I'm here at Blogworld Expo this week and will be posting notes from the sessions I attend. This one was about how milbloggers are changing the way wars are reported. It was a mediocre session, but the panelists were great. Later in this post I snark about what the DoD and the White House guy had to say, but let me be clear. The kinds of things that are interesting as you work out CONOPS for supporting milbloggers are not interesting to a general audience. That was the problem, not the panelists or the moderator.
Furthermore, those of us who love the milbloggers and folks like Michael Totten and Michael Yon were hoping to hear more about what they saw as the future of milblogging vs. the horrific reporting of the traditional media. There was a bit of red meat for us at the end, but for the most part this was a "how did the policy come to be" kind of session. That just isn't very compelling stuff.
Here are my notes from the session. I'll be happy to respond with greater detail in the comments of this post if anyone is interested.
Panelists included Blackfive, Michael Totten, a DoD blogger outreach fellow and someone from the White House. I'll track down the names later. In the meantime, here are my (occasionally snarky) notes.
- The DoD was interested in outreach to milbloggers because there were many stories that needed to be told that didn’t get the attention of the MSM. This topic is bureaucratic and kind of slow.
- If you really want to know what’s going on in Iraq, look at the aggregate of the blackfive interviews with the reconstruction teams. They have made an effort to reach out to people on the other side (what does that mean?), but they have not responded.
- Michael Totten went over as an individual and was given access to all kinds of things and his visit was not managed.
- This session drags from time to time with bureaucracy-speak and name dropping about this general or that. In any talk, organizational charts are death whether they're verbal or displayed.
- The administration and the DoD were looking for independent witnesses telling the soldiers’ stories. I’m looking for caffeine. Military journalists are less trusted because they’re, well, military journalists.
- Update: In retrospect, I clearly did not understand the purpose of the session. This is a key point right here. In a previous post, I complained about the staged nature of the CENTCOM press releases and videos and compared it to the YouTube work of the soldiers on the ground. Both the Bush administration and the DoD saw this same thing and that's why they're working with the milbloggers.
- There’s a long discussion about how the idea of allowing milbloggers into the mix was sold to higher authorities like the military brass and the administration. The resulting incredibly dull conversation is an excellent argument against big government. Government meetings and government decisions are about as dull and slow moving as one can imagine. Here we’re talking about private citizens going into a shooting war and it couldn’t be duller if we were discussing how paint is mixed at Home Depot.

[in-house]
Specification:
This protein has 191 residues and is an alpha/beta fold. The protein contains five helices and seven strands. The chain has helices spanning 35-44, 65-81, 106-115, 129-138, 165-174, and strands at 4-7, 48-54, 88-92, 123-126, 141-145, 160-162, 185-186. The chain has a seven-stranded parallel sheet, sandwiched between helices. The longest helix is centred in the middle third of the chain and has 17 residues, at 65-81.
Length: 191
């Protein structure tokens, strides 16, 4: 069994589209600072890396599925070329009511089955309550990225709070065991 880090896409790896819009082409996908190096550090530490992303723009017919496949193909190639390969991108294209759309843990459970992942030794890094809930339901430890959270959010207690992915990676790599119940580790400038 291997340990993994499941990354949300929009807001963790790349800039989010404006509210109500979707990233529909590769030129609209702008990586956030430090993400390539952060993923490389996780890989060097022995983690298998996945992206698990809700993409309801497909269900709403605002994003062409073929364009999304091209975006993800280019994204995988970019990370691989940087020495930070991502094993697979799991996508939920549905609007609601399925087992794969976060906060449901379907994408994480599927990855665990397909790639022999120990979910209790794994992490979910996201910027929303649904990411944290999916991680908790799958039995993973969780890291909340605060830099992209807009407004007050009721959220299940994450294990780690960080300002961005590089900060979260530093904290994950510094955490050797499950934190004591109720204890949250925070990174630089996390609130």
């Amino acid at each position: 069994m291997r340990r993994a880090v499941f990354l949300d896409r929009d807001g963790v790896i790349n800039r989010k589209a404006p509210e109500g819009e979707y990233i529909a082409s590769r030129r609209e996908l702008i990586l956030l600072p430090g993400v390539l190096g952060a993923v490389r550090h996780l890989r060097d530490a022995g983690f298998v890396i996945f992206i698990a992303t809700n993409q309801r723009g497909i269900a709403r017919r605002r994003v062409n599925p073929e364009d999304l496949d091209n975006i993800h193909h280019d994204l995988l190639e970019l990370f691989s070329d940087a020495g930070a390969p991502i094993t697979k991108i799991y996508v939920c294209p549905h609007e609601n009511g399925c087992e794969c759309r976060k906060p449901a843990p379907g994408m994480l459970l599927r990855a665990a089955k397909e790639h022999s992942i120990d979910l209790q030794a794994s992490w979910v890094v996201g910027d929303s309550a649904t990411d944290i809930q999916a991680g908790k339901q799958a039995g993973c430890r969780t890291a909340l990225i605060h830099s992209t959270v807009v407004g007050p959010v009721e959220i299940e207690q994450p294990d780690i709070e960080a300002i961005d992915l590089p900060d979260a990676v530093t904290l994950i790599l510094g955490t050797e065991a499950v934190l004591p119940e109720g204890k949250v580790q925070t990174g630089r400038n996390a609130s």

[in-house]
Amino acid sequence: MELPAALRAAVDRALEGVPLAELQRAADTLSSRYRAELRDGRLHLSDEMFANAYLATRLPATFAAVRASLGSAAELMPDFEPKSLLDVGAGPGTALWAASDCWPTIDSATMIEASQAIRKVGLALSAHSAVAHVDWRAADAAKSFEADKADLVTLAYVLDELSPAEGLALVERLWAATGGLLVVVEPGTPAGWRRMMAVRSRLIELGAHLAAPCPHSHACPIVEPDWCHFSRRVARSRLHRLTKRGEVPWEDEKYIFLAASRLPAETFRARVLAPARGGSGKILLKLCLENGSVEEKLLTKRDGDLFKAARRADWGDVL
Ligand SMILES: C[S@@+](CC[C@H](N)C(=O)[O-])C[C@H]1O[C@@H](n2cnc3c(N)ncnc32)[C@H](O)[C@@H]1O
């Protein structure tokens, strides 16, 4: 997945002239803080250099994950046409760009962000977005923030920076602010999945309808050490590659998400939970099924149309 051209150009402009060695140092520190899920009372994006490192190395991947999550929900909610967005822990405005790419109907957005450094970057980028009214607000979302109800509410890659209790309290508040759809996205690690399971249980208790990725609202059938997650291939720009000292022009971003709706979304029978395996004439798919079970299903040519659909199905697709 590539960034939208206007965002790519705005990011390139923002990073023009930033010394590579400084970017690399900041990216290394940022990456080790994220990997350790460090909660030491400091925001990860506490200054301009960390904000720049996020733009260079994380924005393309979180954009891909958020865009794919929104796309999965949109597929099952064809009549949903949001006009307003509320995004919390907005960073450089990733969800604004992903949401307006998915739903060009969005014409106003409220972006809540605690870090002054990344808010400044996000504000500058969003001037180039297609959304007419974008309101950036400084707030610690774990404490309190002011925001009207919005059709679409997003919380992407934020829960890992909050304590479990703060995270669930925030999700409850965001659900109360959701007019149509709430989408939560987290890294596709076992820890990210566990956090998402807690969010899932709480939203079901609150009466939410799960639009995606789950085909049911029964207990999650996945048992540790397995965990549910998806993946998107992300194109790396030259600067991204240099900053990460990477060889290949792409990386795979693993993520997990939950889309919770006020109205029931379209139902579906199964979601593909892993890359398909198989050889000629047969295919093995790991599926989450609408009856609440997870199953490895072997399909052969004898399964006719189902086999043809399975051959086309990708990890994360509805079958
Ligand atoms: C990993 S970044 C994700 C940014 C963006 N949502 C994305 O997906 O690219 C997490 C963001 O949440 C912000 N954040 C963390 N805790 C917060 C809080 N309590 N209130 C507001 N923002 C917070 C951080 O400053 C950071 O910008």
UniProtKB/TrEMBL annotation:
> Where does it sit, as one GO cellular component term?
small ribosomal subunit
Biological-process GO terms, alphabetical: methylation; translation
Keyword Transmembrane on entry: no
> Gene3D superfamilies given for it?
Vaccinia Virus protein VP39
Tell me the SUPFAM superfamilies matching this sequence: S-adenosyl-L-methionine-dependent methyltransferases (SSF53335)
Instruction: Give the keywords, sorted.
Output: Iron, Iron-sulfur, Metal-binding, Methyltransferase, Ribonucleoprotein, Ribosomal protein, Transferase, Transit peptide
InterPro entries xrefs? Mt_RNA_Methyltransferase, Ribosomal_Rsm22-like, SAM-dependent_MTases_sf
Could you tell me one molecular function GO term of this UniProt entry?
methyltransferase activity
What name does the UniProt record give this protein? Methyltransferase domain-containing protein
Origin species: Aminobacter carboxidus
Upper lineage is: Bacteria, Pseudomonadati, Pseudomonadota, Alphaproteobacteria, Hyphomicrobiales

- These folks met with President Bush to discuss the role of milbloggers in getting the word out about what the troops are doing in the field. Blackfive was a part of this and experienced all kinds of trouble afterwards, being accused by left wing commenters of being a tool for the administration. However, the families of the soldiers and the soldiers themselves really appreciate their blogging.
- The biggest problem with the traditional media is that they don’t embed. Many of the journalists are not allowed to embed by their editors. Totten saw all kinds of things while he was embedded, but very little violence. It’s not the kind of thing that the AP would publish. Michael Totten met the people of Iraq and the soldiers themselves. You can’t make headlines out of this. Instead, the MSM stays in the hotels in the Green Zone and uses Iraqi stringers to collect data so that they can create a story every day. Stories of people aren’t published on a daily basis by the AP. They’re looking for explosions and death every day because that’s what the newspapers publish.
- Blogging, being liberated from such requirements, gives the blogger insights. Reporters also don’t like to embed because they get too close to the soldiers to write objectively.
- Analysis a day later: The underlying fear is that the reporter will grow to morally differentiate the American soldiers helping the people Iraq and the insurgents and terrorists blowing up civilians indiscriminately. This is a problem with the underlying philosophical foundations of modern journalism, that they deny the existence of good and evil and instead cast everything as differing, equally valid points of view.
- The reporters write about what goes on outside the wire when they never go outside the wire themselves.
- Now we’re back to talking about the administration. No! Help! I can’t take any more! Milbloggers were important to the President because he, too wanted access to the troops without a barrier or interpreter. That was interesting. Why did it take 5 minutes to say this?
- More bureaucracy talk. I’m surfing the net thanks to the free wireless connection provided by blogworld expo. I think it’s time for a cheezburger.
- The DoD guy is telling a story about how a Marine Corps general wasn’t able to get his story out about what was going on in Iraq until he held a bloggers’ roundtable phone conference. The quality of the questions asked by the bloggers were way past anything the Washington Post was asking. The WaPo took the transcript of the conference call and wrote stories out of it.
- The traditional media freaked out over the bloggers having a meeting with the President and the interviews with the Marine general.
There. That's it for this workshop.